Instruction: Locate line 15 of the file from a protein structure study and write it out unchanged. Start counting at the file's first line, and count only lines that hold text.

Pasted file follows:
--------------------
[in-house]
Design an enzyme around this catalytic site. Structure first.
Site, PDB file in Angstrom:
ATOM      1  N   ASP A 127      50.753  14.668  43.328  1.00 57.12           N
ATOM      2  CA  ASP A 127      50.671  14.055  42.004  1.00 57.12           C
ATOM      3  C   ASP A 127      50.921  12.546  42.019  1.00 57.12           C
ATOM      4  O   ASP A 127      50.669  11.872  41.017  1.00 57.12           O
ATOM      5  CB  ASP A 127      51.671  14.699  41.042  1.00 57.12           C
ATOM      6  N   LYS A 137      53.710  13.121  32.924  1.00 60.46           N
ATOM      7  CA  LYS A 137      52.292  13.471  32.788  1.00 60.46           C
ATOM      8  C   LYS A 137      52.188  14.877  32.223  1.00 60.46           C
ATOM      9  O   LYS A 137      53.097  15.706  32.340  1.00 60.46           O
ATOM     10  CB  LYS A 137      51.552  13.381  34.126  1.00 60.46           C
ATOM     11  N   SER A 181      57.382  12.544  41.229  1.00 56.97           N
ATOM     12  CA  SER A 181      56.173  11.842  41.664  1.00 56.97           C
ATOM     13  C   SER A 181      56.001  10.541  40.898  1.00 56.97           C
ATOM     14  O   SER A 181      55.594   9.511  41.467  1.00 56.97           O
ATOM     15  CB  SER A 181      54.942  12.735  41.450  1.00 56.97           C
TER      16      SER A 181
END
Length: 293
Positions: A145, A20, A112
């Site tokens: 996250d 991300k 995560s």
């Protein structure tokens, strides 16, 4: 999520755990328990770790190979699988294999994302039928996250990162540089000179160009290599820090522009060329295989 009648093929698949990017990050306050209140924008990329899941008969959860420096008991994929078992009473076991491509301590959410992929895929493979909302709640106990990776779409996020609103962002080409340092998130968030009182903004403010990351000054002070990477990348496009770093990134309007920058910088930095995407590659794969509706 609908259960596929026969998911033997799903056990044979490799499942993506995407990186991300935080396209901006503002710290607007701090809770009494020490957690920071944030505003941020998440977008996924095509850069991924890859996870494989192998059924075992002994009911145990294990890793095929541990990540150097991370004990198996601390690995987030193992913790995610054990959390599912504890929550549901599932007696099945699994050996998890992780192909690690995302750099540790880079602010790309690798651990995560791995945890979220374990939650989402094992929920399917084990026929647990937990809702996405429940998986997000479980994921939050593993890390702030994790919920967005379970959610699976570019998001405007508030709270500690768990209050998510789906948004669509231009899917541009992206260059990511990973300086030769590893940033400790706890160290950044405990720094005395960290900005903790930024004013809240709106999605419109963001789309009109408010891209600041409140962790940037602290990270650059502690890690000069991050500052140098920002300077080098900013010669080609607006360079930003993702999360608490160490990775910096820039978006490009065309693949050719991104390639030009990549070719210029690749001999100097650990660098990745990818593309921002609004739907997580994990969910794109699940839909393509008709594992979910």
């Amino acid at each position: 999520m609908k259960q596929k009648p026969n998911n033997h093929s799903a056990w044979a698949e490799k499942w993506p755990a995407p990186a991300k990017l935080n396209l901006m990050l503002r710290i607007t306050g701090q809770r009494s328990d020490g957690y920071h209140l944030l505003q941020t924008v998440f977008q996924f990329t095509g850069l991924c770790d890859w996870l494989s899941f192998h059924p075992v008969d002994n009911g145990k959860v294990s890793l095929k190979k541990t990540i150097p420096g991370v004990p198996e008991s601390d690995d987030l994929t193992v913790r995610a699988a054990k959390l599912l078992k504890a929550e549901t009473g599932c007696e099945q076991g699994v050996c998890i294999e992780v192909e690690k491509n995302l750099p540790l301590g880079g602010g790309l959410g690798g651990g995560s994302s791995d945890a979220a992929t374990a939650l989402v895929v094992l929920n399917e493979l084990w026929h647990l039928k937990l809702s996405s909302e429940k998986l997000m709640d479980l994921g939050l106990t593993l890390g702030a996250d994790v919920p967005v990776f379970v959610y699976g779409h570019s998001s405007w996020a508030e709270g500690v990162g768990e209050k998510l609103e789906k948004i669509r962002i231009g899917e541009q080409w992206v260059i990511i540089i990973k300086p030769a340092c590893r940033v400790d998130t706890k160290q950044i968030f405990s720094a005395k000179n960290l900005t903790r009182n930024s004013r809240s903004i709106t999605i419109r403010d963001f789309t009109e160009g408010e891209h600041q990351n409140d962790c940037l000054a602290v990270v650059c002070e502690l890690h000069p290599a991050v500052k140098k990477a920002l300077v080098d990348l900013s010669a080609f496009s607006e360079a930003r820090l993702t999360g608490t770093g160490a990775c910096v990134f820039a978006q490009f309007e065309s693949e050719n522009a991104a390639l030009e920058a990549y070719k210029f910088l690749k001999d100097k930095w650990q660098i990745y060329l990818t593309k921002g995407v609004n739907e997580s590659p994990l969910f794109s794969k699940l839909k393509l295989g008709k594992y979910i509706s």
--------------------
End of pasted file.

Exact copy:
ATOM     12  CA  SER A 181      56.173  11.842  41.664  1.00 56.97           C